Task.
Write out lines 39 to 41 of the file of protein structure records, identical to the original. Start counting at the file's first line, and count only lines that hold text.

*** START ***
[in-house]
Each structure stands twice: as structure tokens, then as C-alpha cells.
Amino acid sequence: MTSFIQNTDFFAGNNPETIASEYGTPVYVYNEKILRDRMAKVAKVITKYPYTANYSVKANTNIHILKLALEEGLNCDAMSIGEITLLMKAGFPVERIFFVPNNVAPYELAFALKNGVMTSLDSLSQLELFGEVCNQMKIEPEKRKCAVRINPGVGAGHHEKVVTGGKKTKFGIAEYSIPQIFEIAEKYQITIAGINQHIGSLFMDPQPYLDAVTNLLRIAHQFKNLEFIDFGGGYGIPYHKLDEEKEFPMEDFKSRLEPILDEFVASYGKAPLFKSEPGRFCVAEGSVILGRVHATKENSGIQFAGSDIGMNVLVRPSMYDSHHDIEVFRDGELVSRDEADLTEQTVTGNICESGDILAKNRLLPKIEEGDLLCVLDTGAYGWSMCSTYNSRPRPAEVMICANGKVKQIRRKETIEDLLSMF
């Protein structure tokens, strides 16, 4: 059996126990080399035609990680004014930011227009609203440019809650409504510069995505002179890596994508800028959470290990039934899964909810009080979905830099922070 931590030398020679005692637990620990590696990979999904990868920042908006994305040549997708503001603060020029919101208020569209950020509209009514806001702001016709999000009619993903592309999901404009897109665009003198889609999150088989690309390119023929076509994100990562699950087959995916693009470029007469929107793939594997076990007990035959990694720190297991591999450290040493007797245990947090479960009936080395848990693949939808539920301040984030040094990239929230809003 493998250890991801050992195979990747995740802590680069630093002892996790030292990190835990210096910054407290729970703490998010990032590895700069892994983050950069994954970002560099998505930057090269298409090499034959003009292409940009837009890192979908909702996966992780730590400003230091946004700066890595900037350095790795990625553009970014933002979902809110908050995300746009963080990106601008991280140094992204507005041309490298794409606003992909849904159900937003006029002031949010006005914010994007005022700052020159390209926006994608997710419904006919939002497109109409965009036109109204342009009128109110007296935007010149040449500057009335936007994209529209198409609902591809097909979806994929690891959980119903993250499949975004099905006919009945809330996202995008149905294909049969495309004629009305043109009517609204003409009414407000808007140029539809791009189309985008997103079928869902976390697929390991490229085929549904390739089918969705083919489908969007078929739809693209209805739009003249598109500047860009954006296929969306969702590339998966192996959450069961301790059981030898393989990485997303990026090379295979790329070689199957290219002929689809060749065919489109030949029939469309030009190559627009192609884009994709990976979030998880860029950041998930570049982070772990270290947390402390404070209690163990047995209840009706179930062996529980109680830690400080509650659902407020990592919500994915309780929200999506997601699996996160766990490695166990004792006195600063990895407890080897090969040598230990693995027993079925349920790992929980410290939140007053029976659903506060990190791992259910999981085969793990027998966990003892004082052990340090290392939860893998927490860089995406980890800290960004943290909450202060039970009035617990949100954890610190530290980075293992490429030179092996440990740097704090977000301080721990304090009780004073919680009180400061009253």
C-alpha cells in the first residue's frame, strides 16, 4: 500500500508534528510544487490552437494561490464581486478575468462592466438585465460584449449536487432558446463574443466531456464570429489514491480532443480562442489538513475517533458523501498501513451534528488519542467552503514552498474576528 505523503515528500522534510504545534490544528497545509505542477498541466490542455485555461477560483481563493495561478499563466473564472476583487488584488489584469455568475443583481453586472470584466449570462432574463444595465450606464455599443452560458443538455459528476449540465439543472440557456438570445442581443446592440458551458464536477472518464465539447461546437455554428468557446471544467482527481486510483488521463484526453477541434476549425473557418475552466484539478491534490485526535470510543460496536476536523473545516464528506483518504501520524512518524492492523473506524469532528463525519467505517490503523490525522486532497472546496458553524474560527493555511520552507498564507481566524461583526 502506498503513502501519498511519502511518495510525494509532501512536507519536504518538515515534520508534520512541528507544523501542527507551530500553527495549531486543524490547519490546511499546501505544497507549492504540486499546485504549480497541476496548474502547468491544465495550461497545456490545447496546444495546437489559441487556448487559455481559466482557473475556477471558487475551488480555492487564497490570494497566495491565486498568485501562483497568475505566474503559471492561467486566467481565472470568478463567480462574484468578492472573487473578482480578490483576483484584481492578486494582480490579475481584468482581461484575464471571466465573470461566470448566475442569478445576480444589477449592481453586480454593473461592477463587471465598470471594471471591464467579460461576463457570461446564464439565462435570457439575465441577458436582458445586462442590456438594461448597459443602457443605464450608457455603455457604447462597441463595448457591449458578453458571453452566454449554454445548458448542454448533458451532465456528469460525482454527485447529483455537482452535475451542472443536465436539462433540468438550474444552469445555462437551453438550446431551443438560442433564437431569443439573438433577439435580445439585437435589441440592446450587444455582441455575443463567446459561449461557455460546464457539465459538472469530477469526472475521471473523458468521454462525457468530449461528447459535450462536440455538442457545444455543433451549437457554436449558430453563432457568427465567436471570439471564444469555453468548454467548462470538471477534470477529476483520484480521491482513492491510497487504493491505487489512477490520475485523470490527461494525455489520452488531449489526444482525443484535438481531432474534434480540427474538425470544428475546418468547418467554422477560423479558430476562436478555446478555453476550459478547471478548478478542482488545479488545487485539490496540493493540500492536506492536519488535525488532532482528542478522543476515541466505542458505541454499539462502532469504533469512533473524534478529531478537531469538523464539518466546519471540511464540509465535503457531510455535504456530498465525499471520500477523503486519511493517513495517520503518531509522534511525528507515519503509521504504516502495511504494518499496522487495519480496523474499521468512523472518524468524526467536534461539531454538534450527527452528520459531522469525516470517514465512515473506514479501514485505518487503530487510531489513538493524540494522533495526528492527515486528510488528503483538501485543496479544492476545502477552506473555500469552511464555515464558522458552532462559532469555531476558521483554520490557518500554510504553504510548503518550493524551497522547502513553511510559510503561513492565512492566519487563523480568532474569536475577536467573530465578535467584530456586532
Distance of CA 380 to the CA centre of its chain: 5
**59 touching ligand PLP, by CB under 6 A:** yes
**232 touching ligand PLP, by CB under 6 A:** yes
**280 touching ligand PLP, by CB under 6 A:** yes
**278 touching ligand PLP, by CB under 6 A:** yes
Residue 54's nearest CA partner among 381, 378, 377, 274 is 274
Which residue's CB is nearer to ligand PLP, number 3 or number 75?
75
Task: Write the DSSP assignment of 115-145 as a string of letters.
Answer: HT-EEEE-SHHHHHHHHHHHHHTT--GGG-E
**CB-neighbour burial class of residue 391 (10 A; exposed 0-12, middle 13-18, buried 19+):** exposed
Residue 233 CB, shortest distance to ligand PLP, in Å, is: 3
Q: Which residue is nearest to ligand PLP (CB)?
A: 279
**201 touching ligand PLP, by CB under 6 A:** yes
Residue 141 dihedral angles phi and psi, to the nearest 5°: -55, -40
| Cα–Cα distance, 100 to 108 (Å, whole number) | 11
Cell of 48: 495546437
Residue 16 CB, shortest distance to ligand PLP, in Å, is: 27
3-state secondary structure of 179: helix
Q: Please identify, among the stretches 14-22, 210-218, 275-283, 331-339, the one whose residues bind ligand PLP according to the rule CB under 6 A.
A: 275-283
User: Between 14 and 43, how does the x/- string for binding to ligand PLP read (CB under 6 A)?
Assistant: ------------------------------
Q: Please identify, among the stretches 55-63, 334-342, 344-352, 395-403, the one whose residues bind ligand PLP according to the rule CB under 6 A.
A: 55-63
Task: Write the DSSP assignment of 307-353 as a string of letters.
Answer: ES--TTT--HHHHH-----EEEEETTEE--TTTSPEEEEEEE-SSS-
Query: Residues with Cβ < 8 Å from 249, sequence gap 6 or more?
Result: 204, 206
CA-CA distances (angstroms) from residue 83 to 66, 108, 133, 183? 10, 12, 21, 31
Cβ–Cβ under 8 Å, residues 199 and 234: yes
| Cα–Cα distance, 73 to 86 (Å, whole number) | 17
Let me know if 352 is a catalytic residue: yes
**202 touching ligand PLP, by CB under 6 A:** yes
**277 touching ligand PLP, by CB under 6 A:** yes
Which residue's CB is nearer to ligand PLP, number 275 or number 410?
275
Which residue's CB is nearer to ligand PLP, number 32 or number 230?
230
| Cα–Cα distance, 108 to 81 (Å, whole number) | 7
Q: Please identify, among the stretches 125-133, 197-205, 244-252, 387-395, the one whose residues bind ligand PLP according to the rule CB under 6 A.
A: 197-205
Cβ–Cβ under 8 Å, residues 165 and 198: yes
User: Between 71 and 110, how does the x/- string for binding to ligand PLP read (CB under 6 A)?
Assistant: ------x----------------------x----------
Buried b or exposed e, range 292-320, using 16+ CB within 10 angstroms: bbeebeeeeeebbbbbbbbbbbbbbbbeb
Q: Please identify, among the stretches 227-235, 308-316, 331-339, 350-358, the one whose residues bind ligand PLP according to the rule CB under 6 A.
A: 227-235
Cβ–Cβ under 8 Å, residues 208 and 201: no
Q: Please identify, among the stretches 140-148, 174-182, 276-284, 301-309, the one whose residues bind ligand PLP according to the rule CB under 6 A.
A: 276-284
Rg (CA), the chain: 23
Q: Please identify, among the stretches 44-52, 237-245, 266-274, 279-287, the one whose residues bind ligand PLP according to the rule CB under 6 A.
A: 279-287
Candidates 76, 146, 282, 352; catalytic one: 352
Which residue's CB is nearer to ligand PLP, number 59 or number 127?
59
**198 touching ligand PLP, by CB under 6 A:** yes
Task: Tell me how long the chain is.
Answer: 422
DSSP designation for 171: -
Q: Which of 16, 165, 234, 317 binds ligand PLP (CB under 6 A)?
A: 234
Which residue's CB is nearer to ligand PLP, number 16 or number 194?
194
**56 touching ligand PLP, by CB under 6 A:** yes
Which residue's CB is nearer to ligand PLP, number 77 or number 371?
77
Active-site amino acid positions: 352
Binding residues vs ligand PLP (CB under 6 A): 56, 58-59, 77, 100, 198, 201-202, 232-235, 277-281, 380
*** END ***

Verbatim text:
Let me know if 352 is a catalytic residue: yes
**202 touching ligand PLP, by CB under 6 A:** yes
**277 touching ligand PLP, by CB under 6 A:** yes